Sunday, May 30, 2004

Back to the future

With apologies to any of you who might believe that the Almighty created the human being Perfect, I have to report that THERE IS A SERIOUS DESIGN FAULT IN THE HUMAN BACK.

Last weekend, in a flurry of 'Beloved Clara' anxiety, I spent three happy hours gardening. Monday morning I woke up and could hardly move. I've done nothing useful this week except lie on my back in 'Alexander Technique' pose trying to straighten out my spine, which isn't broken but feels as if it is. Back pain is vile. It not only scuppers you physically, but also mentally. I've written nothing (except Dulwich blog entry, pretending all was well!), read nothing, listened to nothing, been no further from the house than Waitrose (3 mins gentle stroll) and only watched one French film (Jean de Florette, which I've seen 5 times already).

When things get you down this way, you can become 'half in love with easeful death' - at least with the notion of an anaesthetic to knock you out for a few weeks. But there is one thing to live for. Music, of course.

I've spent two hours this afternoon gritting my teeth and playing the piano. I've played through the Franck violin sonata to make sure I can still play it (yes!), brushing up the Debussy 'Clair de lune' (my party piece since 1981) and reading through some of my beloved Faure's abominably tricky nocturnes. Even if my back isn't better, my soul is on the mend. As long as there is music of such overwhelming beauty in the world, it's worth being here.

Having nothing better to do, besides practising, than surf the internet, I've just come across a blog by Alex Ross, music critic of The New Yorker, which is excellent - link under Music Friends. Alex, sorry you knew about my blog before I knew about yours, but better late than never!

Of course, one of the other things worth living for is good food. I've had some major successes with Nigella Lawson's recipes, especially the ones from 'Forever Summer'.

Actually, there's plenty to live for, isn't there!

Friday, May 21, 2004

Matzo pudding competition winner

Looks like nobody else knows how to make a matzo pudding any more than I do. But the prize goes to Marion Gedney of New York City, who e-mailed me to say that although she doesn't have a recipe, she thinks she knows what my father meant and hopes that it was supposed to be funny.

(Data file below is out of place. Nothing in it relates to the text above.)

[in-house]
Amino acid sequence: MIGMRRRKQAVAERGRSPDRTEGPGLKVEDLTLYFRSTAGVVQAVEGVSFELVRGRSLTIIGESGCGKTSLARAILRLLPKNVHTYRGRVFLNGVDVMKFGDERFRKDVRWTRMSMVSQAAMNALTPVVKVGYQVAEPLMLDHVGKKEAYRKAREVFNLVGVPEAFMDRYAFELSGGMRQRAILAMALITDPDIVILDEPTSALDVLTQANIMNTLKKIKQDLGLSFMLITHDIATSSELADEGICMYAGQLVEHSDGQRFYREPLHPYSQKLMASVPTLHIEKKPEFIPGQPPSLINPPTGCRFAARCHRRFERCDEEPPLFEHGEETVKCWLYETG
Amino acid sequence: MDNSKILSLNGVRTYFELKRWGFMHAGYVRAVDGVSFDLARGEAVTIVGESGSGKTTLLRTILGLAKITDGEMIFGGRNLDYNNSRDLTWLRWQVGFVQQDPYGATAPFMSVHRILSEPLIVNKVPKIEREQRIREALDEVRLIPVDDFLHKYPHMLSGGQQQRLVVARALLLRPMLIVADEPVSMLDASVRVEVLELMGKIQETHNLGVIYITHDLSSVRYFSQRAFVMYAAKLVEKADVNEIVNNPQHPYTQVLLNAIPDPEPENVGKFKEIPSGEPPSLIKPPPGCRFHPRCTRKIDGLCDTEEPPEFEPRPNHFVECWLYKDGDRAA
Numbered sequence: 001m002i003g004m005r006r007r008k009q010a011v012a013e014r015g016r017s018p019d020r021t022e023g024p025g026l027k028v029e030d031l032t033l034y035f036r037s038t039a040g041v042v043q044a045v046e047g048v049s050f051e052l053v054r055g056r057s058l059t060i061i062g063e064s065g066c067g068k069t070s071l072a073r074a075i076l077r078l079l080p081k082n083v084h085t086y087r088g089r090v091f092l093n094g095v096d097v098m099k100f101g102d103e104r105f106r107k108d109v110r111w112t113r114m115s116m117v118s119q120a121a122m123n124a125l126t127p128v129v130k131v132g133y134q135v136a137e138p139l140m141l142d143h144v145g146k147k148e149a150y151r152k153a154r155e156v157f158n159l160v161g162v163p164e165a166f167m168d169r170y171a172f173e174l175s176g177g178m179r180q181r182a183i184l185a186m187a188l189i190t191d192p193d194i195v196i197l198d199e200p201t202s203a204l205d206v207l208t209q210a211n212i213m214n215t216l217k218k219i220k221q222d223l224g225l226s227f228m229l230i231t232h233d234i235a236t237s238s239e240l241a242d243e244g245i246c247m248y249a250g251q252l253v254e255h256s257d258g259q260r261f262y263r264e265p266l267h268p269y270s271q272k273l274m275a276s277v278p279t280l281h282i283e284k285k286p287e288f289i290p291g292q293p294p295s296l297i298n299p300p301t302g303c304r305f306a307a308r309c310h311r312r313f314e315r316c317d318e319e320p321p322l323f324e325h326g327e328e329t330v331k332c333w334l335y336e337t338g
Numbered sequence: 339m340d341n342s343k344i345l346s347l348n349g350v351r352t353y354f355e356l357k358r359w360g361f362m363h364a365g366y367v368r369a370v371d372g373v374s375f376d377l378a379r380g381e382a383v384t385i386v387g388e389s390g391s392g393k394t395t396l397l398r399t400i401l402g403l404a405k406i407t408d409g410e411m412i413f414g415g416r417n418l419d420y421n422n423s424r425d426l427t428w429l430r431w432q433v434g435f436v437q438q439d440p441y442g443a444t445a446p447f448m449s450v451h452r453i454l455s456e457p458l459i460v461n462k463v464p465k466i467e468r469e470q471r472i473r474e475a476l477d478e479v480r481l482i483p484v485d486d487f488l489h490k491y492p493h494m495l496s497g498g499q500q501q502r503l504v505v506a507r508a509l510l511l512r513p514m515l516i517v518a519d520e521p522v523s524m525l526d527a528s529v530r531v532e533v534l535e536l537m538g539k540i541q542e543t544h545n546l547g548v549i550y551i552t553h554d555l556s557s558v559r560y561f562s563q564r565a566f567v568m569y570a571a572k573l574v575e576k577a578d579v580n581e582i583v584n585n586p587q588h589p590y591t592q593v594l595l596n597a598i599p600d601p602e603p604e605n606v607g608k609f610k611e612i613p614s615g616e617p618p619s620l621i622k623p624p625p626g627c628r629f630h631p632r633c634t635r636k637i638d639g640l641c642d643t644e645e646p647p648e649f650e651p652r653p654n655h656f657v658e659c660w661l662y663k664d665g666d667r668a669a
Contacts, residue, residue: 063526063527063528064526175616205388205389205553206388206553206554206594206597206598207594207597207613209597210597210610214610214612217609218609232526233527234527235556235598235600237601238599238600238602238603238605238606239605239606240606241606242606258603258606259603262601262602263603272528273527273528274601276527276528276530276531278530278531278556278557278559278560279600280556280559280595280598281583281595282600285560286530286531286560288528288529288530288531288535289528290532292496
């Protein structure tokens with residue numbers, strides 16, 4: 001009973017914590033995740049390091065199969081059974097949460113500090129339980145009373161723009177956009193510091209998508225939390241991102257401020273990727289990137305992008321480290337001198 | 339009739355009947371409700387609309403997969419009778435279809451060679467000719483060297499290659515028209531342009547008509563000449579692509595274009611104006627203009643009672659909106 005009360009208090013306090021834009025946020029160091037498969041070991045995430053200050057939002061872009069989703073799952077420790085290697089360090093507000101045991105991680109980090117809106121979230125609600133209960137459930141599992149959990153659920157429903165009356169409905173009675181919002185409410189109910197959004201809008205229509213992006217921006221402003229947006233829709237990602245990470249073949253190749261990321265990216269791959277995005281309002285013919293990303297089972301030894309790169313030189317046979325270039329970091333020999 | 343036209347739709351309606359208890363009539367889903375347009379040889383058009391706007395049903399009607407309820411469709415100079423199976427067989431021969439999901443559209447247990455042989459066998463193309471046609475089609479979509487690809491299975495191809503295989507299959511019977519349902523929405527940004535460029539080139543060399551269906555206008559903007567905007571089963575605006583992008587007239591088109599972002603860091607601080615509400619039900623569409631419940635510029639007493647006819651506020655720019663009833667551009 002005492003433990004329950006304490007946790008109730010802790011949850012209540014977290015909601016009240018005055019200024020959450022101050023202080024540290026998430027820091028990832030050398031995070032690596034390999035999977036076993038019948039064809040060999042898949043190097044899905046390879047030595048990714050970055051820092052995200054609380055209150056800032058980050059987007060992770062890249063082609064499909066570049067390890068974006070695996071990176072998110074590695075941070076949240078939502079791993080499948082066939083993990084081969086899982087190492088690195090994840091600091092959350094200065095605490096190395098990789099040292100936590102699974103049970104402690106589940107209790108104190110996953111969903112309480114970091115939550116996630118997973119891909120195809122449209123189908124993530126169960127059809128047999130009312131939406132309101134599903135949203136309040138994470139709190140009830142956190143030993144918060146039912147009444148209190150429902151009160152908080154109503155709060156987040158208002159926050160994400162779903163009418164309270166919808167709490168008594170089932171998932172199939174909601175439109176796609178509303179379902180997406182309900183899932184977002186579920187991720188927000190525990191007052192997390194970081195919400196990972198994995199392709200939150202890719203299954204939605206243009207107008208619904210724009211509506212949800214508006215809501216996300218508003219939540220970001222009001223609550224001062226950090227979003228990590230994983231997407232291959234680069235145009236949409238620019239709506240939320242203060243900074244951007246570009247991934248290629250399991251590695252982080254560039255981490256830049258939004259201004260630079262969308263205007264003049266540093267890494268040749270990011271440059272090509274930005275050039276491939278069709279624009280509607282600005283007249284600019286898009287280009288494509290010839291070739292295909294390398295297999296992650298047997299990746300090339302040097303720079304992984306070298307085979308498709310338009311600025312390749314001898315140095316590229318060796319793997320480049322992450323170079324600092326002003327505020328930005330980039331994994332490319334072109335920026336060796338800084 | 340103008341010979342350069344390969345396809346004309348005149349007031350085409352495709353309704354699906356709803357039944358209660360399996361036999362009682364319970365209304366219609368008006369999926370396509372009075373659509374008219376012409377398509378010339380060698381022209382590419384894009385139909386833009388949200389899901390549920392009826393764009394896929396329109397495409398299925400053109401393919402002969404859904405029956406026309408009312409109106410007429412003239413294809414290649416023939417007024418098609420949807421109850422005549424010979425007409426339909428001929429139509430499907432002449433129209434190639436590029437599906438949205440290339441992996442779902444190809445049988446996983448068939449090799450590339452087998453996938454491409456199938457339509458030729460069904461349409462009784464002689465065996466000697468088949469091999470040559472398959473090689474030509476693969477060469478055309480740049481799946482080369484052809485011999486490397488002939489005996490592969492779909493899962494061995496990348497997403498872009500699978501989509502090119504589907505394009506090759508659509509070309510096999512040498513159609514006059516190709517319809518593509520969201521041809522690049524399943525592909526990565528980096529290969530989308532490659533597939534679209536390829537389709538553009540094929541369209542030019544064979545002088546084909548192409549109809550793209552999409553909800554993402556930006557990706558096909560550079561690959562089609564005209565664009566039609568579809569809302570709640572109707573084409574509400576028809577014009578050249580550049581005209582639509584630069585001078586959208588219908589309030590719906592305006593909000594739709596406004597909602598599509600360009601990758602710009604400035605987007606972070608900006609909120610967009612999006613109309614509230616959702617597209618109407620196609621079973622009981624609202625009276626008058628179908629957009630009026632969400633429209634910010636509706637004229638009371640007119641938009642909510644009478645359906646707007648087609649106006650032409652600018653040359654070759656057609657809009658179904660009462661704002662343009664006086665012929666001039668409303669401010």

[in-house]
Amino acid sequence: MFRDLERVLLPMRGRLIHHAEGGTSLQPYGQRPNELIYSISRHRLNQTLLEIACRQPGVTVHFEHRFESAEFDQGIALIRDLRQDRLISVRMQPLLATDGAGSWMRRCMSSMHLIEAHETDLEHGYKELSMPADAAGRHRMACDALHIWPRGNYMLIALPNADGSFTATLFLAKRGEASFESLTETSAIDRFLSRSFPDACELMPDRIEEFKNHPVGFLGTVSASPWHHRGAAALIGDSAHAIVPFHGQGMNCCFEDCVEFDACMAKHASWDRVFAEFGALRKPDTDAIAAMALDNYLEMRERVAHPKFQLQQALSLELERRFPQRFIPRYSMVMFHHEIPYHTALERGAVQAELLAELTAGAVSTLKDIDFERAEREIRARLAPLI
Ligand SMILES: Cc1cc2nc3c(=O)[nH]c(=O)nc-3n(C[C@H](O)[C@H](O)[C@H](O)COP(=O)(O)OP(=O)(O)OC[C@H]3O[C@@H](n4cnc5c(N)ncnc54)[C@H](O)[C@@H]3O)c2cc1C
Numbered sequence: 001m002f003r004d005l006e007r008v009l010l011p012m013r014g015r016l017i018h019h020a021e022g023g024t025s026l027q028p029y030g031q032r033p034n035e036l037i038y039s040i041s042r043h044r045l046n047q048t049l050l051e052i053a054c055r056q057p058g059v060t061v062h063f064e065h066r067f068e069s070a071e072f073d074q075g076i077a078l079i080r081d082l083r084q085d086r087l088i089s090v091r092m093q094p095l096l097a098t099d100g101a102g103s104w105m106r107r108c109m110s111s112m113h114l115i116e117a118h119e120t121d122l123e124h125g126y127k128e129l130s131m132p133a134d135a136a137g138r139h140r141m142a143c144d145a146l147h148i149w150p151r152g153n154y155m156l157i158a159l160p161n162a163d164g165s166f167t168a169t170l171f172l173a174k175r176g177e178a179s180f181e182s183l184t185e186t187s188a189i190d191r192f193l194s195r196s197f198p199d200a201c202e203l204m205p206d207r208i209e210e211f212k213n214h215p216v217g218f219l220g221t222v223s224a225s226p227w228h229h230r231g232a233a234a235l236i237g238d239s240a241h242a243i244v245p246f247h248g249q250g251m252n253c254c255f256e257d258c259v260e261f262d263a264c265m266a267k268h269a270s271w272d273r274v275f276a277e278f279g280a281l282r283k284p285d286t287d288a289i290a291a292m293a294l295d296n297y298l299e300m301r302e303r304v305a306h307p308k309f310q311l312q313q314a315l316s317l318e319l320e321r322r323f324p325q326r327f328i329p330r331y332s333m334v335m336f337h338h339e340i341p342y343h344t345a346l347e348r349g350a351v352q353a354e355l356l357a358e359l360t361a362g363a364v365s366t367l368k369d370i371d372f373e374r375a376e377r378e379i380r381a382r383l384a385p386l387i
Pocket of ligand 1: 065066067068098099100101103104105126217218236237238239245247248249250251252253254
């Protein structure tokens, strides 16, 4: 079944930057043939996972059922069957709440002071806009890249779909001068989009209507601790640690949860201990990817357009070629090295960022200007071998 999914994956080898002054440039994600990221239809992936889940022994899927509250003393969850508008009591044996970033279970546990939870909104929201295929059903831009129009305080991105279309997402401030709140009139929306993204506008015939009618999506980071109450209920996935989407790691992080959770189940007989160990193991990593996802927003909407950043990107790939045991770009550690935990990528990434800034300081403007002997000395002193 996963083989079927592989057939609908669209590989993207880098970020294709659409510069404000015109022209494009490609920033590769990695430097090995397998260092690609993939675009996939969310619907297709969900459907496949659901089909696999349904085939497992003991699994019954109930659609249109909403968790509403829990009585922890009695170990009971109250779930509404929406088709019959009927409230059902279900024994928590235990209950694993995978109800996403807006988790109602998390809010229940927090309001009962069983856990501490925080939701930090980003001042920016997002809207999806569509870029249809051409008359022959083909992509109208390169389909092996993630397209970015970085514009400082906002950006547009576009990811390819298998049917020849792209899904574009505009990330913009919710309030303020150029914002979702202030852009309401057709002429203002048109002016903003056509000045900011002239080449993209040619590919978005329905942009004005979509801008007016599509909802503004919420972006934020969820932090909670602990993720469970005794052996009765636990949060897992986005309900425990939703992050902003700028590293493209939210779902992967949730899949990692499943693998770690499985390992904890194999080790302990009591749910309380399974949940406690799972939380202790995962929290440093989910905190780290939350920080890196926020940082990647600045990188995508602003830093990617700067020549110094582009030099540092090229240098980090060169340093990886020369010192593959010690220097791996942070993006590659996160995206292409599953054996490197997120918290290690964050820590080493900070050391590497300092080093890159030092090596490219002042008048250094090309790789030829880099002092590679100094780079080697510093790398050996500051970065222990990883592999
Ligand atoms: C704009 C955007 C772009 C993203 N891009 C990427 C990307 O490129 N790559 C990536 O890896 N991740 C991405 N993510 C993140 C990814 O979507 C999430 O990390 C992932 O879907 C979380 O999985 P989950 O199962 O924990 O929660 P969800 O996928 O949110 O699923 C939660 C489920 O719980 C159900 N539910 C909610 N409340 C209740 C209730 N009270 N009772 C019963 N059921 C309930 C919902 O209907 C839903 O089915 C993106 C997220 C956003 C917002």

Marion is a clinical psychologist...

Marion, e-mail me your postal address and a CD will be on its way to you shortly!

Thursday, May 20, 2004

Glyndebourne, plus newsy bits

Dress rehearsal of Pelleas et Melisande at Glyndebourne yesterday. One of those rare occasions when the first trip down of the summer is on the sort of cloudless, hot day on which the place is basically paradise. The leaves are bright May green, the hawthorn flowers are out, there are sheep in the field on the hillside. In the interval the lawns are so covered with the company friends and relations picnicking that it's like a scene from Renoir. This is my seventh year of hanging out there with Tom and I still have to pinch myself to make sure it's real. I love the dress rehearsals because the family atmosphere is so excellent. Yesterday I was in the front row of the stalls right next to the violins - had to resist the temptation to pull silly faces at Tom and to throw his colleagues sweets over the railing. Not a good idea.

Pelleas is a revival of a stunning Graham Vick production, with gold panelled walls, a floor of flowers and an incredibly claustrophic atmosphere. John Tomlinson as Golaud is the central figure and his charisma makes the story work much better than usual. Marie Arnet is a gorgeous, delicate Melisande and the lovely Louis Langree takes a robust approach to the score which I like very much. I don't believe Debussy (or Faure, for that matter) should be all elusive and floaty. This stuff comes right from the gut. Highly recommended.


Tasmin Little has recorded the Karlowicz Violin Concerto on Hyperion and if you don't know the piece, you should get a copy right away. Karlowicz was a Polish composer of the early 20th century who died terribly young and has only recently attracted much attention. About 13 years ago, I visited Krystian Zimerman in Switzerland and he played me an old Polish recording of this concerto; I thought it was one of the most beautiful things I'd ever heard. Marvellous that it's now new-minted on a mainstream label. Bravo, Taz.